Dear Amy: I’m a 29-year-old, still living at home. I want to go back to school and get my master’s degree.
It would be cheaper to attend classes online, but if I lived on campus I could get my own apartment and have more privacy. I believe my mental health would improve because my parents drive me crazy.
However, I probably won’t be able to afford to go on vacations since my financial aid will go mostly to room and board.
What should I do?
Dear Wondering: Vacations? What are they, again? Why are you worrying about vacations? (And yes, your financial aid must go toward your educational expenses, not vacations.)
Vacations are excursions that parents take their children on, or experiences that hard-working people save for and look forward to.
You’re grown, now, and the “vacation” phase of your life is in the past – and the future.
As a learning and laboring graduate student, you will have time off from work and school, but you should not necessarily expect to go on vacations during these breaks.
So, yes, you should invest in living on or near campus as you move into this impressive and exciting new phase of life.
In addition to your financial aid, you should leap at any opportunities to serve as a TA for an undergraduate course, or work on-campus at a lab or the library.
Your breaks between semesters might be “staycations,” where you go to the movies every day for a week, eat takeout sitting on the couch with friends, or take mini-trips to local museums.
Later on, once you’ve earned your degree and started working in your profession, taking vacations will become possible – and important – again.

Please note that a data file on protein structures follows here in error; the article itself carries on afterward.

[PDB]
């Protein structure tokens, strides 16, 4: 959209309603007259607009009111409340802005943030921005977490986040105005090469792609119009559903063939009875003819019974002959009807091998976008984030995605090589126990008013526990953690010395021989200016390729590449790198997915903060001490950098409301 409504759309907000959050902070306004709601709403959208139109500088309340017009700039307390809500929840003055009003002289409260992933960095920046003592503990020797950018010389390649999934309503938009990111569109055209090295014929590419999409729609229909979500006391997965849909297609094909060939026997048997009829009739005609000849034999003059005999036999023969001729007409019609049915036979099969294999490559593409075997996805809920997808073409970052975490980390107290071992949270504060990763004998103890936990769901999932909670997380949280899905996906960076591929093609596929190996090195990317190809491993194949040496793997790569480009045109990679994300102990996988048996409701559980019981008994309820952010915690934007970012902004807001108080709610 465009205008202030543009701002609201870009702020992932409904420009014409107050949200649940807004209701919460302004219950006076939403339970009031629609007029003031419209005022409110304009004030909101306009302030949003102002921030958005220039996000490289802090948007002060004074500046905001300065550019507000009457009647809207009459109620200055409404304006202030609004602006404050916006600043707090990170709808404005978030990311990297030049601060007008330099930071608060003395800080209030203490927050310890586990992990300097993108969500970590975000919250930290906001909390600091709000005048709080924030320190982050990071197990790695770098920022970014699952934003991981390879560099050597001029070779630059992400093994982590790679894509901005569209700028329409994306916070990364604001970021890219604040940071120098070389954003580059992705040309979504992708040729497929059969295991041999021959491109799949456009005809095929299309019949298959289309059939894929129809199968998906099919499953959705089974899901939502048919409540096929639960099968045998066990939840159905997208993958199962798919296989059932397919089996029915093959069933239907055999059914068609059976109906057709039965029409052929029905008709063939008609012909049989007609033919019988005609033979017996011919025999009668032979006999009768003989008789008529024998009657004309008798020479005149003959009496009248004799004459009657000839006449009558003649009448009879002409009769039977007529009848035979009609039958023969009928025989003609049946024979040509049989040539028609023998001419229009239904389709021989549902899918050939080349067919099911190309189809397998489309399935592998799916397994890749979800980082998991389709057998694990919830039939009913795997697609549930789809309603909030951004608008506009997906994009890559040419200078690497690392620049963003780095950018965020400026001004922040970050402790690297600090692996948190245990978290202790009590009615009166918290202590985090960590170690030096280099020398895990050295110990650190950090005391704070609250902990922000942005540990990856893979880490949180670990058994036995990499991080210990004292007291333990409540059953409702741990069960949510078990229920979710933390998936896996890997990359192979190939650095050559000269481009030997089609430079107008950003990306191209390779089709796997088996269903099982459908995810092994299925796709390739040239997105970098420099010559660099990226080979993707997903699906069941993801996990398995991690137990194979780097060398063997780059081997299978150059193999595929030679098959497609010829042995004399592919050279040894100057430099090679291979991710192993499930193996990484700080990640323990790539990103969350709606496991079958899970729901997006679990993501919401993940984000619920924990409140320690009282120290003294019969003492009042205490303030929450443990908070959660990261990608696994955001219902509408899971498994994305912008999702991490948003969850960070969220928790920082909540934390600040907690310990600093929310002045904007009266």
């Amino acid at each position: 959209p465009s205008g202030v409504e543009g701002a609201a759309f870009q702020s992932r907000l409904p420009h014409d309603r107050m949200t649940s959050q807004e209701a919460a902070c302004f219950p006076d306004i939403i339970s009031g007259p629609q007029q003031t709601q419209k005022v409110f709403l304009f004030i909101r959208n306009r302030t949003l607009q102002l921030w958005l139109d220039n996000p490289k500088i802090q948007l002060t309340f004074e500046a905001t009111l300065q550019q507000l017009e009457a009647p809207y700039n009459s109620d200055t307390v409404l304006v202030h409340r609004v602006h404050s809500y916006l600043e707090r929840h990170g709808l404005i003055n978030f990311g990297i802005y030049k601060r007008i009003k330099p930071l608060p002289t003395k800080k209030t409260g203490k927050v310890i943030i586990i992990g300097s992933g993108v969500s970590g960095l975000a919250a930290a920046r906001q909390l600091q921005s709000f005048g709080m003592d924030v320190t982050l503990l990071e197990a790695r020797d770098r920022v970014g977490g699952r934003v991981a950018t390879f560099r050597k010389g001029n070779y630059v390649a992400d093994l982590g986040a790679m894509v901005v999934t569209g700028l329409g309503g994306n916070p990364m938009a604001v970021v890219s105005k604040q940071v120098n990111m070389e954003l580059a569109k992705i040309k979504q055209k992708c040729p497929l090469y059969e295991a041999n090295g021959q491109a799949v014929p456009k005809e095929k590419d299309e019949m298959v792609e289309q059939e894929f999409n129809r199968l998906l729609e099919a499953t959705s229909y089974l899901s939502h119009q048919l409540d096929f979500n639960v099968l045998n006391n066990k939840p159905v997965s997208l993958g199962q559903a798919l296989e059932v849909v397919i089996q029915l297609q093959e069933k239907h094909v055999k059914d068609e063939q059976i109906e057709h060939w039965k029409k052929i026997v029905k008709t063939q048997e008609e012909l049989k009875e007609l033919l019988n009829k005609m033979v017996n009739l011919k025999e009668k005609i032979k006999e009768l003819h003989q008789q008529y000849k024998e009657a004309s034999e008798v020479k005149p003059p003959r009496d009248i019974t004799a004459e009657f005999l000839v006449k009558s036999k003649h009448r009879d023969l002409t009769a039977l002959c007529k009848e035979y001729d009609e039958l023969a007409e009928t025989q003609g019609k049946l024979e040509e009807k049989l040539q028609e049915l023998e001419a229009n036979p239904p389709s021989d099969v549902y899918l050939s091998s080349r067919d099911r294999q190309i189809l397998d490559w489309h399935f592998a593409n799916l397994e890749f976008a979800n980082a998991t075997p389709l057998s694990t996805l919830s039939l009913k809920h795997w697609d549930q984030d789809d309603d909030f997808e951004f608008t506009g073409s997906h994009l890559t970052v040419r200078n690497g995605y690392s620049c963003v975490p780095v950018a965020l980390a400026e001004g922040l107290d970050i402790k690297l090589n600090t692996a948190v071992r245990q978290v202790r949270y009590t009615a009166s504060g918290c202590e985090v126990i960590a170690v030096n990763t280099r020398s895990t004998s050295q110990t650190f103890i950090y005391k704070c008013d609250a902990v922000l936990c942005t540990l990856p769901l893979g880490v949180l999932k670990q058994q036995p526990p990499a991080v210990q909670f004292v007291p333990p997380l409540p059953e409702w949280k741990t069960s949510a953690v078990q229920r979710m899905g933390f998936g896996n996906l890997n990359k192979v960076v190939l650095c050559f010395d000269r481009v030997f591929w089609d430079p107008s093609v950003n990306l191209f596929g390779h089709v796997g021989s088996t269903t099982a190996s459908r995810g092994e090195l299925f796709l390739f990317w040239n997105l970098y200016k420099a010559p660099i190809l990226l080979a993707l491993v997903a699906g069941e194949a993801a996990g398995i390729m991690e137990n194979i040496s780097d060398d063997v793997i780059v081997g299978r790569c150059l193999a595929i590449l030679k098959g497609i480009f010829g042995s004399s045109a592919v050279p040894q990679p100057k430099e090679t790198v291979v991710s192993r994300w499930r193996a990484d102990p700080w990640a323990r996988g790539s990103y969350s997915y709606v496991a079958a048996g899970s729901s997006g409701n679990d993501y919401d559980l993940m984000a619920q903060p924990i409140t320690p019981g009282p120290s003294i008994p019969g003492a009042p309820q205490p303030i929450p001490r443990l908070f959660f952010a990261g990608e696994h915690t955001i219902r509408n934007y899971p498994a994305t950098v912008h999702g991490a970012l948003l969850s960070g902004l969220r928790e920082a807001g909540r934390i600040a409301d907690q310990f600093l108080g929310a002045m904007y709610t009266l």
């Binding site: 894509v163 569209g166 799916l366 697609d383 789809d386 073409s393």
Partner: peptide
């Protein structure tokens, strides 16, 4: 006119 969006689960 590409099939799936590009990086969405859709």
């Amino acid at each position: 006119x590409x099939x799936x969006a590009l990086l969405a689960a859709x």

Dear Amy: I recently reached out to my estranged father to inquire about any life changes he may have had recently, because I was going through the federal security clearance process.
When asked if he was still married, his response was, “Theoretically yes, but I haven’t had contact with her for over six years and have no intention of renewing contact.”
Knowing my father, I am unsurprised that he is currently married to someone whom he has no contact with and is unwilling to divorce.
However, I am mad at him for once again treating marriage as a trivial affair he can walk away from with no consequences. I pity his partner and sometimes wonder if I should convince her to divorce him and take her fair share.
While I understand that this is between him and his “technical wife” (using his terms), I feel like this is a matter that does involve me from a legal perspective. I do not want to fight a legal battle regarding powers of attorney or probates 20 years down the line. (I am an only child.)
I want to share my concerns, but I feel like my efforts would be futile knowing how his emotional immaturity leads to avoidance and broken promises.
I have located the woman through Facebook. At the very least, I do want to hear her side of the story.
Is this something that does not concern me and would cause more distress for everyone? Or is this something I should pursue to find some kind of conclusion?
I would appreciate any feedback from you.
Dear Bee: Other than your own curiosity, I’m not sure why you are motivated to contact your father’s estranged wife in order to hear “her side of the story.” Doing so would entangle you in a situation between a stranger (the wife) and an unreliable person you don’t seem to know well (your father).
You should research the inheritance laws of the state where your father resides and try to head off problems by encouraging him to focus on some estate planning. Given how avoidant he is, he might duck and weave; you should take this in discrete stages (not confronting him with a possibly overwhelming bundle of issues all at once).
Based on answers he provides and how he behaves, you can then decide whether to contact your father’s “technical” wife in order to clarify their emotional and legal status.
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